Empowering Young People to Build a Kinder, Braver World
Yesterday, Cynthia Germanotta and I had the opportunity to discuss how to empower young people and end bullying at the Third Annual Bullying Prevention Summit in Washington, D.C. Cynthia and her daughter, Lady Gaga, recently founded the Born This Way Foundation to empower young people with the skills and opportunities they need to build a kinder, braver world.
As moms, both Cynthia and I realize the impact that bullying—and kindness—can have on young people. We both agreed that we must all stay focused on ending bullying because no young person, or their loved ones, should have to endure the pain, agony, and loss to our families, schools, and communities that can come with bullying.
We also agreed that we need to reinforce positive behavior and motivate everyone, particularly young people, to get engaged.
President Obama believes that together, we can end bullying. The President and his Administration are committed to developing a comprehensive policy, and all of us have a vital role to play: students, parents, and school administrators, as well as political, business, community, and faith leaders.
President Obama and the First Lady put a national spotlight on this important issue by hosting the first-ever White House Conference on Bullying Prevention last year. The conference brought together students, teachers, advocates, the private sector, foundations, and policymakers to share best practices to make our schools safer. There, the President said, “Bullying isn’t a problem that makes headlines every day. But every day it touches the lives of young people all across this country… If there’s one goal of this conference, it’s to dispel the myth that bullying is just a harmless rite of passage or an inevitable part of growing up. It’s not.”
In March, Attorney General Eric Holder and I both spoke at the White House LGBT Conference on Safe Schools and Communities in Arlington, Texas, where we highlighted the many steps the Obama Administration has taken to end bullying. That Conference came just days after the Departments of Education and Justice reached a landmark settlement in the Anoka-Hennepin School District following an extensive investigation into bullying and harassment against students who are or are perceived to be LGBT.
The following month, the White House announced President Obama’s endorsement of both the Safe Schools Improvement Act and the Student Non-Discrimination Act. The Student Non-Discrimination Act, sponsored by Senator Al Franken of Minnesota, and Representative Jared Polis of Colorado, would prohibit discrimination in public schools against any student on the basis of actual or perceived sexual orientation and gender identity. And the Safe Schools Improvement Act, sponsored by Senator Bob Casey of Pennsylvania and Representative Linda Sanchez of California, would require school districts to adopt codes of conduct specifically prohibiting bullying and harassment, including on the basis of race, color, national origin, sex, disability, sexual orientation, gender identity, and religion.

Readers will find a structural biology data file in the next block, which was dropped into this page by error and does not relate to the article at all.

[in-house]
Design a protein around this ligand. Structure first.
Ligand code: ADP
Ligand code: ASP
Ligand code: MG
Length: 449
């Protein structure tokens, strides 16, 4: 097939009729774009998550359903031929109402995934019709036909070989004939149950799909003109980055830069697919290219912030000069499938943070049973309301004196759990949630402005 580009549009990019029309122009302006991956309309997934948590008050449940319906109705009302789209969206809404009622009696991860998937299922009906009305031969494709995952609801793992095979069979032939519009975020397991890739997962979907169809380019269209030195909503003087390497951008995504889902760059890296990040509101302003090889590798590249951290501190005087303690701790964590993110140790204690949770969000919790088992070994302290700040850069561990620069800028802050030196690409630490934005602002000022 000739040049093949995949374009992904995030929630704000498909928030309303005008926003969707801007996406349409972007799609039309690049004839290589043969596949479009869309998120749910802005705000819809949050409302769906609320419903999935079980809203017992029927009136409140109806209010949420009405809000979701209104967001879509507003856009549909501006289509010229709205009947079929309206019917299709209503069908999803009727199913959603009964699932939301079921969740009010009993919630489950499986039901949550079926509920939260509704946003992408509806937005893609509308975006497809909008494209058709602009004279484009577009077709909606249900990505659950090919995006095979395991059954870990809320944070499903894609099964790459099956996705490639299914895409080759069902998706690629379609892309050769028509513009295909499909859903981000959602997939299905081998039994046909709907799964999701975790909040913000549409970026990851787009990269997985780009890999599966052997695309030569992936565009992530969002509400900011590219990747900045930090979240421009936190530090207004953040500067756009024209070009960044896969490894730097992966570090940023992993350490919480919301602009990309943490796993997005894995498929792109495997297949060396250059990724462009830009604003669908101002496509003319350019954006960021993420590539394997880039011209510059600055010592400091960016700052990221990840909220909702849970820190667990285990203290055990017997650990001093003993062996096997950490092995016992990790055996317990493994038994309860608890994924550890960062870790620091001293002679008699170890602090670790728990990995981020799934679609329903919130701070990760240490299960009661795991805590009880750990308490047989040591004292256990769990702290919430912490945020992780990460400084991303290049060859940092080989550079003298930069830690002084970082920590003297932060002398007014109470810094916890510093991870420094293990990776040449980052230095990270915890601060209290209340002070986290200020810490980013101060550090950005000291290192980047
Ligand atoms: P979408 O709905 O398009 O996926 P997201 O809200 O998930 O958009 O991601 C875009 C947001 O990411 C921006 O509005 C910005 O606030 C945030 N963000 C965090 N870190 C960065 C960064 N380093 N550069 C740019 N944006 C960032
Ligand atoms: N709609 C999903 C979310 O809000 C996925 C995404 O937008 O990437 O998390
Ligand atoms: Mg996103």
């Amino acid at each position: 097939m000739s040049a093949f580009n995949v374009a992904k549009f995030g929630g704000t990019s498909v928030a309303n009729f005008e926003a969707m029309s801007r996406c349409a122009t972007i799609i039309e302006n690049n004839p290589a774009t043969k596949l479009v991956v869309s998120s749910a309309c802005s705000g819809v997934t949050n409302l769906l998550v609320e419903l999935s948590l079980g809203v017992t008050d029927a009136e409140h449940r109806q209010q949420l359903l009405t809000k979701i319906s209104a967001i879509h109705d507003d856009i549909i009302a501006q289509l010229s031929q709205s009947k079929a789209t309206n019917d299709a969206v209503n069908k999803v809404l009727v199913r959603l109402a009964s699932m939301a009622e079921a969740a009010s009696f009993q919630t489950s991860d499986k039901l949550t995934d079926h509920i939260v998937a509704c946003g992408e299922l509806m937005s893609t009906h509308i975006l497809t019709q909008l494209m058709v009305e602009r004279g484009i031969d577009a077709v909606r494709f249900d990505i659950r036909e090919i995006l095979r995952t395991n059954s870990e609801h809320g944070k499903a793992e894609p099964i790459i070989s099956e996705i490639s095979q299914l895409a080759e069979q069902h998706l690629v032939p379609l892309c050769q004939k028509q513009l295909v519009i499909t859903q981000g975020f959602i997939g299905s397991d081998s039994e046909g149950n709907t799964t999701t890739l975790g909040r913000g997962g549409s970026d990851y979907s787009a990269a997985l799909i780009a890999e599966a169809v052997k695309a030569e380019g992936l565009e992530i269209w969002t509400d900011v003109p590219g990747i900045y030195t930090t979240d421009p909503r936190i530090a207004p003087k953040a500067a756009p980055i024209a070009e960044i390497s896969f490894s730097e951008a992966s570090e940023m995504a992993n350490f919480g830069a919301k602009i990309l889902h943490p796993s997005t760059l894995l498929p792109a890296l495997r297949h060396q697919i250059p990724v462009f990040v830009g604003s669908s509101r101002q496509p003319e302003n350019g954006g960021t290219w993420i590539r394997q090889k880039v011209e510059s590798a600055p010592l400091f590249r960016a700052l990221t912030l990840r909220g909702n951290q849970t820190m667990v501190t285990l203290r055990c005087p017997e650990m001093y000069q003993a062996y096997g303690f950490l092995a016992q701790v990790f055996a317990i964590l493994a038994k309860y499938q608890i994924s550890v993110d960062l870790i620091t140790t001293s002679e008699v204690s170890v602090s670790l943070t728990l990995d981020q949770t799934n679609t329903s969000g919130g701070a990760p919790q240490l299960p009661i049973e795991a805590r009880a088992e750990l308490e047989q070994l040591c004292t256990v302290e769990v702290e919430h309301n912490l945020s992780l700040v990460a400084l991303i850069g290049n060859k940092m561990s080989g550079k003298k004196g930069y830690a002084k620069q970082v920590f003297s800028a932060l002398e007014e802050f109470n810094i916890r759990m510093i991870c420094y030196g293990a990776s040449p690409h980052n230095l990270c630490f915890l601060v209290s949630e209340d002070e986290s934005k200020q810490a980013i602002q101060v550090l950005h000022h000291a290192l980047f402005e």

The same day the President endorsed both bills, Secretary of Education Arne Duncan and I hosted a screening of the documentary Bully at the White House. Like many in the audience, I was deeply moved by the movie and the conversation that followed with director Lee Hirsch and several of the young people and parents featured in the film. No young person or family should have to endure what they went through. Those children are all of our responsibility.
Recently, the Department of Education has also issued guidance to schools, colleges, and universities, making it clear that existing civil rights laws apply to acts of bullying that amount to discriminatory harassment. But schools have not just a legal responsibility, but also a moral responsibility, to protect our young people from harassment.
The Department of Education has also worked with states to help them in their own anti-bullying efforts, and recently released a report that documents key components of anti-bullying laws in all 50 states. And the Department of Education has issued guidance to governors and state school officials, in order to help them incorporate the best practices for protecting students. The Department of Education’s Safe and Supportive Schools Technical Assistance Center recently worked with the National Association for Pupil Transportation to provide training to help create a safe and supportive climate on our nation’s school buses.
We also recently re-launched StopBullying.gov, a website that has detailed descriptions of the work we’re doing on bullying, along with resources for young people, parents, educators, and advocates.
The Obama Administration will continue to work to end bullying, and we are eager to work with anyone who is willing to help make our society more kind, inclusive, and equal. But our most powerful partner in this work is our nation’s youth.
That’s why yesterday, I announced a new contest to give young people another way to create a more positive and healthy environment in their schools and communities. Students are encouraged to submit videos answering the question: “How have you been more than a bystander?”
All videos must be created by individuals or groups of individuals between the ages of 13 and 18. A panel of expert judges will help narrow the field, and then the public will choose their favorite video.
You can learn more about the contest – and other resources and opportunities– at StopBullying.gov.
Together, let’s build what Lady Gaga and her mother Cynthia call “a kinder, braver world” so that our schools and communities are places where everyone can learn and thrive, without the threat of bullying.
Valerie Jarrett is a Senior Advisor to President Barack Obama